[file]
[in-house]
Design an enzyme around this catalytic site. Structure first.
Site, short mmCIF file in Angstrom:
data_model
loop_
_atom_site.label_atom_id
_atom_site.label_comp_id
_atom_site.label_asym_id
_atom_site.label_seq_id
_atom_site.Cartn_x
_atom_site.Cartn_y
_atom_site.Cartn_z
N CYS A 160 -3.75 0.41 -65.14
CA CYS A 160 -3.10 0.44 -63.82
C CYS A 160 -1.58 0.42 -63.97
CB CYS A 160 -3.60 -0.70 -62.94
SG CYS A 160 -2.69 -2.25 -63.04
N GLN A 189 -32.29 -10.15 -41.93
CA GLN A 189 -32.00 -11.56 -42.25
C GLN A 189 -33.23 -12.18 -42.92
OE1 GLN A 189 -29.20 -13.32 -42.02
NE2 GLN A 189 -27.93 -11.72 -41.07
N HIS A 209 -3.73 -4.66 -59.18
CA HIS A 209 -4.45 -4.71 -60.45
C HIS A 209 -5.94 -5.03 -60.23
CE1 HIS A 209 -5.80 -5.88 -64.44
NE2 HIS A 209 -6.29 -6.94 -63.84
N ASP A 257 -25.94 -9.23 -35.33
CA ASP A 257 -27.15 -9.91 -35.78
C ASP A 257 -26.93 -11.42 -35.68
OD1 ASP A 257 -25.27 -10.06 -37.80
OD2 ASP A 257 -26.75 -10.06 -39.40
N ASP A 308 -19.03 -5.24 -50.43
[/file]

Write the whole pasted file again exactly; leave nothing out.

[in-house]
Design an enzyme around this catalytic site. Structure first.
Site, short mmCIF file in Angstrom:
data_model
loop_
_atom_site.label_atom_id
_atom_site.label_comp_id
_atom_site.label_asym_id
_atom_site.label_seq_id
_atom_site.Cartn_x
_atom_site.Cartn_y
_atom_site.Cartn_z
N CYS A 160 -3.75 0.41 -65.14
CA CYS A 160 -3.10 0.44 -63.82
C CYS A 160 -1.58 0.42 -63.97
CB CYS A 160 -3.60 -0.70 -62.94
SG CYS A 160 -2.69 -2.25 -63.04
N GLN A 189 -32.29 -10.15 -41.93
CA GLN A 189 -32.00 -11.56 -42.25
C GLN A 189 -33.23 -12.18 -42.92
OE1 GLN A 189 -29.20 -13.32 -42.02
NE2 GLN A 189 -27.93 -11.72 -41.07
N HIS A 209 -3.73 -4.66 -59.18
CA HIS A 209 -4.45 -4.71 -60.45
C HIS A 209 -5.94 -5.03 -60.23
CE1 HIS A 209 -5.80 -5.88 -64.44
NE2 HIS A 209 -6.29 -6.94 -63.84
N ASP A 257 -25.94 -9.23 -35.33
CA ASP A 257 -27.15 -9.91 -35.78
C ASP A 257 -26.93 -11.42 -35.68
OD1 ASP A 257 -25.27 -10.06 -37.80
OD2 ASP A 257 -26.75 -10.06 -39.40
N ASP A 308 -19.03 -5.24 -50.43